And he sees the vision splendid
Of the sunlit plains extended
And at night the wonderous glory
Of the everlasting stars
Most Australians know these lines from Banjo Patterson’s epic poem Clancy of the Overflow and they are very dear to our hearts because they so perfectly encapsulate a land whose beauty is often more subtle than spectacular.
When I visited the Australian Garden at Cranbourne the other day The Banjo’s words came immediately to mind. This garden, incorporated in the Cranbourne division of the Royal Botanic Gardens in Melbourne, has been a long time in the making. And let me say two things up front – This is not the popular idea of what a “botanic garden” should be. It is the realisation of a vision of the Australian landscape and lifestyle through the medium of design and horticulture. As such, it has perfectly captured the very soul of this big, wide, wonderful and often very challenging continent. My second point is that this garden is very new. The vision is there for all to see and for my part I’m glad to have seen it at this early stage, so I can study the bare bones of each beautifully-realised concept. Others – those looking for something merely “pretty” – may find it all a bit bare and stark. To them, I say come back in a few years when it is more mature, but in the meantime strive to appreciate the textures and the land forms, the horticultural ideas and the in several interpretations of how this land shapes us and how we in turn have shaped it.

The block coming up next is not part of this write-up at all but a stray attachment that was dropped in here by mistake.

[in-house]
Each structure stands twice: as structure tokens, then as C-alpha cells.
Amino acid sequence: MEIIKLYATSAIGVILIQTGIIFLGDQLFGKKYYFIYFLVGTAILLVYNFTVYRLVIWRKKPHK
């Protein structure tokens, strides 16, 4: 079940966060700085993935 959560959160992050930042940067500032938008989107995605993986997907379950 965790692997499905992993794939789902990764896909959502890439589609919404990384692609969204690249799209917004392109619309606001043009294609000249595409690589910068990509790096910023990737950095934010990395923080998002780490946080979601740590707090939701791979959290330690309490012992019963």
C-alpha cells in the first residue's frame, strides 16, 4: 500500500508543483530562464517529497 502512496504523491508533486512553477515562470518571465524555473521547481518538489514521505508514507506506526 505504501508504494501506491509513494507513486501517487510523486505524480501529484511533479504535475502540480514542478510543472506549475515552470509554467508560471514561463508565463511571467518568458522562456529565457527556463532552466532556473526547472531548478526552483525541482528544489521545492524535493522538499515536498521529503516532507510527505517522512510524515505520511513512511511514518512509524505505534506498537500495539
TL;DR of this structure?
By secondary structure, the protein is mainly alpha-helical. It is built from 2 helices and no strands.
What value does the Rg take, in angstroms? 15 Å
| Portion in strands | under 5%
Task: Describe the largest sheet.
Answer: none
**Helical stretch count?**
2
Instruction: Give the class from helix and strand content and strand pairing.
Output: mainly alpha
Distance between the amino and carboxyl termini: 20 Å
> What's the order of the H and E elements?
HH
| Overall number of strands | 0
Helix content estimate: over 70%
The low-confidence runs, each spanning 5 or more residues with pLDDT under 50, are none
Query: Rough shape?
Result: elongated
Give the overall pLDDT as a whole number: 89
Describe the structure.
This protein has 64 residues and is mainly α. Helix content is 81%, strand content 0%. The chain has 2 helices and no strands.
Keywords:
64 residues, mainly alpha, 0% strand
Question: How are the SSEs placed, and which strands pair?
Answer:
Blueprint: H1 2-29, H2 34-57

Bob and I found visiting this garden an inspiration. And a revelation – for this is more than just exhilaratingly contemporary, it is as new as tomorrow. Interesting to think, therefore, that when enough tomorrows have passed, The Australian Garden at Cranbourne will become as definitively “classical” as the traditional botanical gardens of the 18th and 19th centuries seem to us today.
I’m not going to give you any dry details about this wonderful garden – you can get all that from the excellent website at
Instead, I’ll let my photos tell the story…though they are inadequate to the task they will at least give some idea. Various types of Australian landscape are represented and/or interpeted here: concepts include the dry river bed so common in arid zones and during drought; the seashore and in particular the granite splendour of Wilson’s Promontory (see article on this website); the Aussie backyard in all its aspects; the blue hills; the red centre; the eucalypt forests; the importance of water in the landscape and to the land and to our souls; the many forces of nature. There are wide promenades, giant metal “lily pads”, rocky “streams” in which children are encouraged to paddle, seating shaped like a long wave ripple, open swatches of grassland intercepted by serpentine land forms, imaginative uses for timber and rock and metal – and each has its story to tell. And, of course, there are more standard horticultural and botanical features such as plant collections representing their different habitats. Conservation concepts are expounded too – I was particularly taken with the collections of colourful watering cans in the water-saving garden. (On a more frivolous note, the chocolate brownie served in the cafe at the Australian Garden visitor centre is the best I’ve eaten anywhere in the world!).